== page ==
This idea is wholly at odds with what the Bible teaches us about sexual morality, and yet it has insidiously wormed its way into our modern thought process.  Once you invert the relationship between marriage and romantic love, what the Bible teaches is moral becomes sin, and what the Bible teaches is sin becomes virtue.  If romantic love sanctifies marriage and sex, it would be immoral to remain married should the sanctifying romantic love wane.  The writers of Alfred Hitchcock Presents understood this in the late 1950s, as did Milton in 1645.  The Tetrachordon, the piece from Milton that I quoted above, is a tract he wrote advocating no fault divorce:

Milton’s divorce tracts refer to the four interlinked polemical pamphlets—The Doctrine and Discipline of Divorce, The Judgment of Martin Bucer, Tetrachordon, and Colasterion—written by John Milton from 1643–1645. They argue for the legitimacy of divorce on grounds of spousal incompatibility. Arguing for divorce at all, let alone a version of no-fault divorce, was extremely controversial and religious figures sought to ban his tracts. Although the tracts were met with nothing but hostility and he later rued publishing them in English at all, they are important for analysing the relationship between Adam and Eve in his epic Paradise Lost. Spanning three years characterised by turbulent changes in the English printing business, they also provide an important context for the publication of Areopagitica, Milton’s most famous work of prose.[1]

Posted in Complementarian, Divorce, John Milton, Marriage, New Morality, Rebellion, Romantic Love, St. Jerome | 122 Comments

Weak men screwing the sexual revolution up.

Former CBMW president Owen Strachan has an article up at The Gospel Coalition that has been trending for the last few days:  Gospel Hope in Hookup Culture.  Strachan offers four solutions to the problem of hookup culture, while managing to omit the obvious biblical solution to the problem of rampant sexual immorality;  if you burn with passion, marry.

Instead of directly exhorting young people to marry, Strachan offers mostly feminist talking points coated with a thin veneer of what he calls the “Biblical sexual ethic.”  The first talking point is:

1. Promote an ethic that focuses on the whole person, not ‘hotness.’

Talking point number two is less overtly feminist, but appeals to the anti biblical idea that romance purifies sex:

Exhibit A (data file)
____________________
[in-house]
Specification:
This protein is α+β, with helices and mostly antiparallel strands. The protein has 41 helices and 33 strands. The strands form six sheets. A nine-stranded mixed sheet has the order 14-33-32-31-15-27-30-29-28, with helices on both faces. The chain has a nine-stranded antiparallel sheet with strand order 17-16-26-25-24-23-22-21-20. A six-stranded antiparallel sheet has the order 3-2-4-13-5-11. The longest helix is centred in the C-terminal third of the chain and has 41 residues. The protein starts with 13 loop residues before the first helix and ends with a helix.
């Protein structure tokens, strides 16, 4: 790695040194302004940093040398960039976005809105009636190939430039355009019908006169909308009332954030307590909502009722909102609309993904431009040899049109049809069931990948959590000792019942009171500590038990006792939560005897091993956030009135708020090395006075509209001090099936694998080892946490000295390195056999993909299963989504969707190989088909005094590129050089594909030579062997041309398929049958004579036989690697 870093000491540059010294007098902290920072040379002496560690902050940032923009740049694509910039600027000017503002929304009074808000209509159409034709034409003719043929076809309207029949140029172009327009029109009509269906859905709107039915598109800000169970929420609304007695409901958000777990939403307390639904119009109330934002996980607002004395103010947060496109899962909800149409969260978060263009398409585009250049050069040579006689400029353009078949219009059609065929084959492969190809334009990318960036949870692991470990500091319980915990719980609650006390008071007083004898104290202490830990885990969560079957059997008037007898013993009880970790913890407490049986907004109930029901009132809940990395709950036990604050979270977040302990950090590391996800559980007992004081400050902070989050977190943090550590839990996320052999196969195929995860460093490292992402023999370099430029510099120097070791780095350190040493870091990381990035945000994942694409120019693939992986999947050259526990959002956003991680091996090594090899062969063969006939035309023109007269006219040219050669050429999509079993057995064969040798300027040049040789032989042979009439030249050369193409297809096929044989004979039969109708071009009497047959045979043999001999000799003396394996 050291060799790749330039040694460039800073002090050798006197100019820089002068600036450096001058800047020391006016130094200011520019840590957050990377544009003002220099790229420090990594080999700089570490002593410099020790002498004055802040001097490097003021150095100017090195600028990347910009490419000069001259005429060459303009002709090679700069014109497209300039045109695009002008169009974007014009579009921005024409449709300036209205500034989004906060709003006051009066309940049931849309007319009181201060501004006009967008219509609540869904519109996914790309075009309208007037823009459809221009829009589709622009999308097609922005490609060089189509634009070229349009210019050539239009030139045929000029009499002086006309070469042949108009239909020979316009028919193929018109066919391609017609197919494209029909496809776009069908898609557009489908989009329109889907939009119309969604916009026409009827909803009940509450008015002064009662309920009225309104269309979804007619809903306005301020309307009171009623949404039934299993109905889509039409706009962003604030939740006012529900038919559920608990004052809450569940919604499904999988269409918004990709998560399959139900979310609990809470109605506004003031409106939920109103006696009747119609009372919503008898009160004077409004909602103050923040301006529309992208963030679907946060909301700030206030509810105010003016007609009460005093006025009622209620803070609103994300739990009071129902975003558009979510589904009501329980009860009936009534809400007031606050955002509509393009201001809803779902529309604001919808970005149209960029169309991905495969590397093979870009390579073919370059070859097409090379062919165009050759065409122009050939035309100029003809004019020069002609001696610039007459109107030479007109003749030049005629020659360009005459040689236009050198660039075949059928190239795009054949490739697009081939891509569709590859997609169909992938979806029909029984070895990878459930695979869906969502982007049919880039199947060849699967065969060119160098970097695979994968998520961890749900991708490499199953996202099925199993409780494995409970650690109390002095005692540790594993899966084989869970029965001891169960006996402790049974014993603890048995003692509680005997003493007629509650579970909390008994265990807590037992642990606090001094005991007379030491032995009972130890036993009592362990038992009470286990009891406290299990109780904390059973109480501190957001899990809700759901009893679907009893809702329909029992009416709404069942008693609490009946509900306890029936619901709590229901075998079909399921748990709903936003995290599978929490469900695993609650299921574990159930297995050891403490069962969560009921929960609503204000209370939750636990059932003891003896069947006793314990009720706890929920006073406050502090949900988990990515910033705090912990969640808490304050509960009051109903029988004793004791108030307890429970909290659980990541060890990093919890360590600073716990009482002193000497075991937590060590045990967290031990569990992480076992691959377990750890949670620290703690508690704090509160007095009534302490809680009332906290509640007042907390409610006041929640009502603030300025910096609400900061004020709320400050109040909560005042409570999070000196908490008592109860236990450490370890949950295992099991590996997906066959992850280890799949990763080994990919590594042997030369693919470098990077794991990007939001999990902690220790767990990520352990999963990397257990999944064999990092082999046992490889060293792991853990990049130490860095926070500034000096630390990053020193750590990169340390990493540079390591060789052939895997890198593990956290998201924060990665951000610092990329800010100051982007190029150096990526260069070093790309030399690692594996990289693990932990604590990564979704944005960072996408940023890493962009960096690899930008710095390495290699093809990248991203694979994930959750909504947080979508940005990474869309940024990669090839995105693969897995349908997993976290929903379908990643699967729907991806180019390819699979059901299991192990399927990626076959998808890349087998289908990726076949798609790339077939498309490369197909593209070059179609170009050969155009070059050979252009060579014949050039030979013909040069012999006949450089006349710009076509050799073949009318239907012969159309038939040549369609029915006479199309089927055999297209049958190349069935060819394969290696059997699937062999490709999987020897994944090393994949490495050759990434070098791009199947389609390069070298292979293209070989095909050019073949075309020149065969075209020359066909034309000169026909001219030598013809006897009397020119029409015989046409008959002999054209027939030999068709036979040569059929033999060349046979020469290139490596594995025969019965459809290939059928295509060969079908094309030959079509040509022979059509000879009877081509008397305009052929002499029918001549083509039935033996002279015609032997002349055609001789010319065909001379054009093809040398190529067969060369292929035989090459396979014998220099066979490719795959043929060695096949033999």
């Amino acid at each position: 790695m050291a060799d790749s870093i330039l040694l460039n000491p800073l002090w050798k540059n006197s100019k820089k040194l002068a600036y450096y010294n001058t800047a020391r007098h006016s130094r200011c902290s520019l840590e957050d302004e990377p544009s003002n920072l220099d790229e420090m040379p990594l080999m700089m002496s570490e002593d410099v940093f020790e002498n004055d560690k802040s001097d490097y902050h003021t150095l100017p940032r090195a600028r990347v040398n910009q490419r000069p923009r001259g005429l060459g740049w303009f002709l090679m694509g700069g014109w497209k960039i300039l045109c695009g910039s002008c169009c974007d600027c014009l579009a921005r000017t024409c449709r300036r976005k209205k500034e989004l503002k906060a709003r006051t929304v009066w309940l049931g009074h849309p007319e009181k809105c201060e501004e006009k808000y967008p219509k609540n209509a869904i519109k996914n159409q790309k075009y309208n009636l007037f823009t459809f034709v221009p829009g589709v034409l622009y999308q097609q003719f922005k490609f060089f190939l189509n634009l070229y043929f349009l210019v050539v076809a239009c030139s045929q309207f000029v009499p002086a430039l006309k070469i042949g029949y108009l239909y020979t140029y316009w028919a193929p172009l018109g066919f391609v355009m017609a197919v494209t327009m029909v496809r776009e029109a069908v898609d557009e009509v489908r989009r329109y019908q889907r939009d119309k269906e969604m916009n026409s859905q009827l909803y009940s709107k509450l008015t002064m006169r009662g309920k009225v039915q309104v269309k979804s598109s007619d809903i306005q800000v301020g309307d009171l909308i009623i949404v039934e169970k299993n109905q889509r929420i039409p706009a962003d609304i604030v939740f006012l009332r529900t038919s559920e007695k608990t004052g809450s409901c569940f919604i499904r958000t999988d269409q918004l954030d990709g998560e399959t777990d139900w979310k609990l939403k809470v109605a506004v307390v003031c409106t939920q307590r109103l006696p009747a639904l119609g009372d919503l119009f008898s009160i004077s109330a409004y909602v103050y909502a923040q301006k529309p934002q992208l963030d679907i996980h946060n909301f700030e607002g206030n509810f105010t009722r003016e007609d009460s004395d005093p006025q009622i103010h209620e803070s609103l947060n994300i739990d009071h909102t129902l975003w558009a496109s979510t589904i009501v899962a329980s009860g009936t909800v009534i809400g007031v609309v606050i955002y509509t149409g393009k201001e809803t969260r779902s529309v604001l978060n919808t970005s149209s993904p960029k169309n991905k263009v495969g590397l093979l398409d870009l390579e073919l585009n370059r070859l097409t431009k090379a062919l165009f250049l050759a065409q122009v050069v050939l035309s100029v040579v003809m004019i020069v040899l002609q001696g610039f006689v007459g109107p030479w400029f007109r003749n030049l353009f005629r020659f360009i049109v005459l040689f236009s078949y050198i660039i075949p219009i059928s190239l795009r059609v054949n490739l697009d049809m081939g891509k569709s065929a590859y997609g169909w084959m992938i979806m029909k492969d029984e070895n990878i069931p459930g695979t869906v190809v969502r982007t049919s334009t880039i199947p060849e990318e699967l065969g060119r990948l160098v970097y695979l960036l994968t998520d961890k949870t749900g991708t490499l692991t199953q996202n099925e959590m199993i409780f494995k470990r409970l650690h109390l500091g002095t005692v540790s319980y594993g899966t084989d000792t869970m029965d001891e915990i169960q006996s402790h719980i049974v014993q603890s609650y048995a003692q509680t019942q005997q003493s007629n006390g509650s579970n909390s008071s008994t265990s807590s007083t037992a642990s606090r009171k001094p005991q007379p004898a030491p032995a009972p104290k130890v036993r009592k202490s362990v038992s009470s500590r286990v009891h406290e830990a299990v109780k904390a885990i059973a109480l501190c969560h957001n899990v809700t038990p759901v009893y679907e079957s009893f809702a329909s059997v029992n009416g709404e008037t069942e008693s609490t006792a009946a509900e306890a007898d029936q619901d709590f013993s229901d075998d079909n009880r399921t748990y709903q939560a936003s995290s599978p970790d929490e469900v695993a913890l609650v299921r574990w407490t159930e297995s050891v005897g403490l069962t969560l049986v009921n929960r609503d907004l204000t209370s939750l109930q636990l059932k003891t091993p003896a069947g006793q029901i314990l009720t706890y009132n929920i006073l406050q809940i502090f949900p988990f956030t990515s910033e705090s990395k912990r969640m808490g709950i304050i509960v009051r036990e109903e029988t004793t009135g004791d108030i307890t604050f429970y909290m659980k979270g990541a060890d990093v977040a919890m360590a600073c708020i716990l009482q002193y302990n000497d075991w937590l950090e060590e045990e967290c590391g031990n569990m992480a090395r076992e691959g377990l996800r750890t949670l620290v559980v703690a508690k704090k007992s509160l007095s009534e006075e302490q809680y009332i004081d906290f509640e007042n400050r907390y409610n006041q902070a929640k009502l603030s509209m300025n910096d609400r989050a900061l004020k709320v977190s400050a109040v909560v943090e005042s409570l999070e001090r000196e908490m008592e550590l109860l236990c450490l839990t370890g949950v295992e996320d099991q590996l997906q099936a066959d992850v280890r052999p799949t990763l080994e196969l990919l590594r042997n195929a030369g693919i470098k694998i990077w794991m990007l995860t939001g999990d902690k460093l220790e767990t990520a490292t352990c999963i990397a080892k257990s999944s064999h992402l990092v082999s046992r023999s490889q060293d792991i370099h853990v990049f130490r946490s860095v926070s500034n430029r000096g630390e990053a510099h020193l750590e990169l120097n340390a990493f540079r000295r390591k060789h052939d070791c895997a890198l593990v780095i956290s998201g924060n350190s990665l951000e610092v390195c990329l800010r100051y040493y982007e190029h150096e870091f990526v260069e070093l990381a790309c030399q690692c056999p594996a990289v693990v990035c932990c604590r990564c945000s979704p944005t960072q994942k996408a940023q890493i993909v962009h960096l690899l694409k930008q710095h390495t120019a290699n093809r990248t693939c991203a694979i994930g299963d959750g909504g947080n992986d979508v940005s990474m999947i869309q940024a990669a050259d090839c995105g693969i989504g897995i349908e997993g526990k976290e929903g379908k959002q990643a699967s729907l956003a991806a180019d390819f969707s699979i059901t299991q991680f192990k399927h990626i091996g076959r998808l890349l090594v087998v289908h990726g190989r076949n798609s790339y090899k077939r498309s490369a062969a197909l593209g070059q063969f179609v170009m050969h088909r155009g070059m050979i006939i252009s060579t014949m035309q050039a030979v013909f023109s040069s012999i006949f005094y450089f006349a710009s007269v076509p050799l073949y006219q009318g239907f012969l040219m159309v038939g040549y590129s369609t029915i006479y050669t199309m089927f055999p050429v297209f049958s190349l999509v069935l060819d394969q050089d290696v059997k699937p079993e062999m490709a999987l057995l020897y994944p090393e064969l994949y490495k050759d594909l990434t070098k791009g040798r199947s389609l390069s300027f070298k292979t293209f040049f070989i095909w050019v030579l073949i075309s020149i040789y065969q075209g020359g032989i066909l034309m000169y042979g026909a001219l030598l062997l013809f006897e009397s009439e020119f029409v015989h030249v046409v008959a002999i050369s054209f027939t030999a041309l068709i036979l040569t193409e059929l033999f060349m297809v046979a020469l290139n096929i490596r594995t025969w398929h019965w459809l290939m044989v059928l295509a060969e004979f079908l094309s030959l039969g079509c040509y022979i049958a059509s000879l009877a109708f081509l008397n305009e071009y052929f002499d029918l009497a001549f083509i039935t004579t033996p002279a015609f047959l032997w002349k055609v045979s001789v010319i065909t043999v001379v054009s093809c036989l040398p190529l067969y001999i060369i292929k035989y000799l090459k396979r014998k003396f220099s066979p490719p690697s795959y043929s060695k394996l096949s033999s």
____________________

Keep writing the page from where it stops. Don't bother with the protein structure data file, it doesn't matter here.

2. Promote God-honoring romance, not sexual utilitarianism.

Point number three is back to standard feminist boiler plate, and even uses the feminist term rape culture:

3. Train men to care for women, not prey on them.

…Wade reports, students today are suffering from “rape culture,” sexual assault, the loss of intimacy, the lack of committed relationships

What is so striking here is that women are deliberately rejecting the protections that a biblical model provides for women in the form of fathers and husbands.  They are doing so because submitting to a father or husband is unbearable to the feminist mind.  Instead of the protective roles of husbands and fathers, feminists have called for all men to make sure all women have unlimited freedom to (among other things) have sex with random strangers.  Anything short of this is defined by feminists as “rape culture”, and Strachan is unwittingly adopting and promoting this frame of mind.

Point number four is yet another feminist plea:

4. Help students see they are not defined by their sexuality.

Hookup culture is equally corrosive for women. According to Wade, “Sexy costume themes” at campus parties “reward women for revealing and provocative clothes, stratify them and put them into competition, all while reminding them that it’s their job to make parties sexy” (195).

Not long ago, you would only see this kind of mindframe in women’s studies courses.  Today it saturates complementarian Christian thinking.

In a separate related piece Strachan wrote at Midwestern Seminary’s* Center for Public Theology, he asserts that women are being forced into fornication: